Magazine article Connexions

Mothers Start School

Magazine article Connexions

Mothers Start School

Article excerpt

Mozambique

(From "Center gets, keeps kids off the streets," by Ruth Ansah Ayisi, in Depthnews Women's Feature, The Philippines, March 1994.)

Filomena and her friends used to scramble into the metal garbage cans along the bustling streets of Maputo, Mozambique's capital, rummaging through a mixture of decaying vegetables and dirty papers. Scrawny dogs nosed in the rubbish that had spilled over onto the pavement. The only things growing fat around the heaps were the rats.

"I looked for lettuce leaves, tomatoes, bread anything to eat," says 13-year-old Filomena in Shangara, the language widely spoken in the country's southern region. "My mother knew I did it, but there was never enough food in the house for us, so she said nothing."

Filomena lives with her mother and six brothers and sisters in a makeshift shack along a dirt road in Mavalane, a crowded suburb west of Maputo. "I don't know my father," says Filomena, a slightly built girl who looks younger than her years. Her mother, with neither a formal job nor a plot of land, struggles daily to support herself and the children.

But now Filomena has a nutritious meal every day. The food is provided by a group of women known as the Maes de Mavalane (the Mothers of Mavalane), established in 1991. The Mothers help the increasing number of children in their community who live off the streets by offering them schooling and training in livelihood skills. The children eat at the center and are encouraged to return home at night. The United Nations Children's Fund (UNICEF) has provided technical assistance and training and has supported educational and recreational activities, contributing US$40,000 through 1993.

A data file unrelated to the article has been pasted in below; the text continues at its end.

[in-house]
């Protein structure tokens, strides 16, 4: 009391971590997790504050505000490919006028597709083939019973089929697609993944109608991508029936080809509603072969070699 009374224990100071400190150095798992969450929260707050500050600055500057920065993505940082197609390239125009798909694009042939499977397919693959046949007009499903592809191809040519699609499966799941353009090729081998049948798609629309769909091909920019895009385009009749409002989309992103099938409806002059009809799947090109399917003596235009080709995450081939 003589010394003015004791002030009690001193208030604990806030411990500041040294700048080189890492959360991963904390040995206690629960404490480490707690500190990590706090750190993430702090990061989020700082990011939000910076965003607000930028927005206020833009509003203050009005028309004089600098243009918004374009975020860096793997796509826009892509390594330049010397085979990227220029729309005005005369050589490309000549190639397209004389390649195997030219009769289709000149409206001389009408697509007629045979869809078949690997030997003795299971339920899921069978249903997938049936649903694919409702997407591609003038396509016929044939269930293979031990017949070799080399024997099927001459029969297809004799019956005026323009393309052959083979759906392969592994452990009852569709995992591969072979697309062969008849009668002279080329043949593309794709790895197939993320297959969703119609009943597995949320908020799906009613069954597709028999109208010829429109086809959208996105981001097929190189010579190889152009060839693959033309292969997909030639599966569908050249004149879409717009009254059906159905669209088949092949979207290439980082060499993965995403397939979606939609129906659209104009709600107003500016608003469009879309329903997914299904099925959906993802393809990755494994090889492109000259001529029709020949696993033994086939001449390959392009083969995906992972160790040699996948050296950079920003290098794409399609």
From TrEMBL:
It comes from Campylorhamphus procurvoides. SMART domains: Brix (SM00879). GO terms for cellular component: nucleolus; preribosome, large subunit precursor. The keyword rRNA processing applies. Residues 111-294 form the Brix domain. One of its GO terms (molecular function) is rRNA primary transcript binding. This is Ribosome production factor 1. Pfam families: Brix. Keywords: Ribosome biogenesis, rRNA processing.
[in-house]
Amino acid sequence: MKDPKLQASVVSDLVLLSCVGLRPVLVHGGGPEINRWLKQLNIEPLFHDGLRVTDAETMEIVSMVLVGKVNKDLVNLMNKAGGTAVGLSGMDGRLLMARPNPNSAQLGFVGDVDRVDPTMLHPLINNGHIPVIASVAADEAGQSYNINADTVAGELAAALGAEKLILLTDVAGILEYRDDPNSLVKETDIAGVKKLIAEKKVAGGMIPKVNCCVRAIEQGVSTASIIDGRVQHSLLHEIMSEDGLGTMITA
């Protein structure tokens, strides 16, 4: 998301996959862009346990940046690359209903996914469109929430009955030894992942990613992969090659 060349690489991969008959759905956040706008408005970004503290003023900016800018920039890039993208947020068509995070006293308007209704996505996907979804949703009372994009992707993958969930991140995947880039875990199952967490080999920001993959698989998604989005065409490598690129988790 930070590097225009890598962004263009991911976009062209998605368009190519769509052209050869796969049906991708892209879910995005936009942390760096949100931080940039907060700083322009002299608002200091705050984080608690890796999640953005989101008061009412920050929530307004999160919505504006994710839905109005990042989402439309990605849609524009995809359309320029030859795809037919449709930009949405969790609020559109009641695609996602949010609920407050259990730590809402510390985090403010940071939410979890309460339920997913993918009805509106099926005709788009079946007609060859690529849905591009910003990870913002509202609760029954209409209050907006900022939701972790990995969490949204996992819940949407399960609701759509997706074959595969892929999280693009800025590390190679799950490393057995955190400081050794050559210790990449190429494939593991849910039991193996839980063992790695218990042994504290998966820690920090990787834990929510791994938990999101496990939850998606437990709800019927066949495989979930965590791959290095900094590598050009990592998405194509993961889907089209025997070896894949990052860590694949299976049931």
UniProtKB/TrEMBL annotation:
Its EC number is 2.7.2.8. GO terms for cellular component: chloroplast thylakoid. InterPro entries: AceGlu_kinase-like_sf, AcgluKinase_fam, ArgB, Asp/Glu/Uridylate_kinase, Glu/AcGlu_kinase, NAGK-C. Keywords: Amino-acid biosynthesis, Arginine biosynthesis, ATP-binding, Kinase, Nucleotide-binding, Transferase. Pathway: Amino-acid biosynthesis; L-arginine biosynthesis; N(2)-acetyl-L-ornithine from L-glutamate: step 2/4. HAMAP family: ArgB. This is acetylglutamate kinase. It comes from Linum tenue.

It is a community initiative, but only women are involved, explains Inez Marique. "lt's us, the mothers, who feel it the most when we see our neighbors' children take to the streets. We have the experience as mothers to try to solve this problem ."

Currently, the center's regular visitors are 37 children, of whom only three are girls. Street life is more viable for boys than for girls, for whom it often means prostitution. In 1992, six girls as young as 12 who had worked as prostitutes participated in the center's activities, visiting the center every day for a year and a half before going back to their families.

The growing number of street children--now estimated at 3,500, with 1,300 in Maputo--is just one symptom of a country reeling from the devastation caused mostly by the 15-year war between the government and the Mozambique National Resistance or RENAMO.

The conflict, which claimed one million lives, also tore 500,000 children away from their families, like 11-year-old Fernando, the only child at the center living with one of the Mothers. …

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